16 December 2015 - Case of the Week #374

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Case of the Week #374

Clinical history:
A 4 year old Syrian boy from a small city was diagnosed and treated for a spring allergy a year ago. Recently his symptoms worsened. Chest Xray revealed a cystic mass on the right side of the lower mediastinum. CT scan showed a large cyst above the diaphragm. His lab values were within normal limits. The surgeon suspected a hydatid cyst, and excised the cyst entirely. Grossly, the cyst measured 5 cm in diameter and was filled with necrotic fluid. The cyst wall was 0.3-0.7 cm thick.


CT scan images:


Gross image:


Micro images:


Additional micro images:



What is your diagnosis?































Diagnosis:
Ectopic pancreas in mediastinum with pseudocyst formation


Discussion:
Ectopic pancreatic tissue is pancreatic tissue that lacks anatomic and vascular continuity with the main body of the pancreas. A developmental anomaly found in about 2% of autopsies, the vast majority occur in the gastrointestinal tract (Thorax 1977;32:512). Ectopic pancreatic tissue in the mediastinum is quite rare, with about a dozen cases reported in the literature. The etiology remains unclear, although two theories have been proposed. First, ectopic pancreatic tissue in the mediastinum may be the result of the abnormal differentiation of the pluripotent epithelial cells of the ventral primary foregut, since the pancreas and the lower respiratory tract share a common embryologic origin, the primitive foregut. Second, a number of cells from the pancreatic bud may migrate and locate at a different site (Eur J Cardiothorac Surg 2001;19:514).

Mediastinal ectopic pancreas most commonly occurs in the anterior mediastinum, and cystic degeneration / pseudocyst formation is commonly reported and is due to failure of drainage of exocrine fluid, inflammatory exudate and intralesional bleeding (Oncol Lett 2014;7:1053). Clinical symptoms depend on the size of the pancreatic tissue and location, as well as the degree of inflammation. One reported case presented as lobar pneumonia (Zentralbl Chir 2009;134:178). In another case, mediastinal pancreatic tissue was found to affect glycometabolism, with a patient's diabetes mellitus worsening upon removal of the tumor (Interact Cardiovasc Thorac Surg 2013;16:413).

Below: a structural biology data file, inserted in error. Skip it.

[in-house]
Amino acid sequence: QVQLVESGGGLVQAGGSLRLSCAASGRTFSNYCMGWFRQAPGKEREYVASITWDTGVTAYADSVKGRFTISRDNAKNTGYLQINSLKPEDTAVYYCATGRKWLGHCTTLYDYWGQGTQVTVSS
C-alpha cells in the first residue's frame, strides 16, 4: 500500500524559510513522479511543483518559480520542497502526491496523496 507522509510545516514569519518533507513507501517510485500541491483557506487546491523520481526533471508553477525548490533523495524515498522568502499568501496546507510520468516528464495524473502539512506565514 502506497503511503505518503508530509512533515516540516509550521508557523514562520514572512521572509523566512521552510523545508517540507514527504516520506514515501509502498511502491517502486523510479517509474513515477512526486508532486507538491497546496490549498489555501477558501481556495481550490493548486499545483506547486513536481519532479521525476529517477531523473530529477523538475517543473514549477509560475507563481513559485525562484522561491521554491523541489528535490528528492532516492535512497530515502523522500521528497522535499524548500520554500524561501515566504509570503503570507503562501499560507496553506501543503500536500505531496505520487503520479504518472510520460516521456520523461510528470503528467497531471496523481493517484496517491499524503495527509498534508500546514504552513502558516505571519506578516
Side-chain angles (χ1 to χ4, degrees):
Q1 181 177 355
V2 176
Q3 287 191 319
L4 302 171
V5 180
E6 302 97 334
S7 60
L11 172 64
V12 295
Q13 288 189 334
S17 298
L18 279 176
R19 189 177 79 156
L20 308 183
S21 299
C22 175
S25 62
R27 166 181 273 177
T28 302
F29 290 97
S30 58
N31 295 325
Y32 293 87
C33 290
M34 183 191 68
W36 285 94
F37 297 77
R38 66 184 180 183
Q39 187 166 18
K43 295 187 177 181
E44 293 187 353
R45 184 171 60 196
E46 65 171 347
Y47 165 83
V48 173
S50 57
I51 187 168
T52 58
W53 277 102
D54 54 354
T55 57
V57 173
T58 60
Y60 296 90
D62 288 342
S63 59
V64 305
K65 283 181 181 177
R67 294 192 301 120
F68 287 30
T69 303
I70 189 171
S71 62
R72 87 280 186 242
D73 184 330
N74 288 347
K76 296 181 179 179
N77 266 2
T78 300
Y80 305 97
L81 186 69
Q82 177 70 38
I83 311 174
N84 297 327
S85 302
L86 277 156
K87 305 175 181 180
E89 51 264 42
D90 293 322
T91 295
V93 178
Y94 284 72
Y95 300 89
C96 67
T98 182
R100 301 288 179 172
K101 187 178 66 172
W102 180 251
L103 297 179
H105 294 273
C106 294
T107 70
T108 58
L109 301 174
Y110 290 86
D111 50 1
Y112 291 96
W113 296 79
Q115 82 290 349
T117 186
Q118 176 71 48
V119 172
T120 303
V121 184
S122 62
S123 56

Grossly, the tissue consists of a cystic, lobulated mass, often filled with necrotic fluid. Histopathology shows pancreatic tissue resembling adult pancreas. There are acini of exocrine tissue, islets of Langerhans and epithelium lined ducts. The exocrine tissue is divided into lobules by fibrous septa, and the islets are seen within or at the periphery of these structures. Cystic areas are partially lined by columnar epithelium, but in many areas the lining is absent, replaced by collections of foamy macrophages, fibrosis and possibly calcifications. There may be atrophy of the pancreatic tissue (Thorax 1977;32:512). Presence of pancreatic islets can be verified by positive synaptophysin and chromogranin immunohistochemistry (Eur J Cardiothorac Surg 2001;19:514).

The differential diagnosis may include mediastinal teratoma, as these also occur in the anterior mediastinum (Thorax 1977;32:512). Examination of an adequate number of tissue blocks can exclude the presence of other tissue components (ectoderm or mesoderm).

The majority of cases have excellent prognosis following surgery, and recurrence is rare (Oncol Lett 2014;7:1053, Eur J Cardiothorac Surg 2001;19:514).


Discussion by Dr. Jennifer R. Kaley, University of Arkansas for Medical Sciences (USA).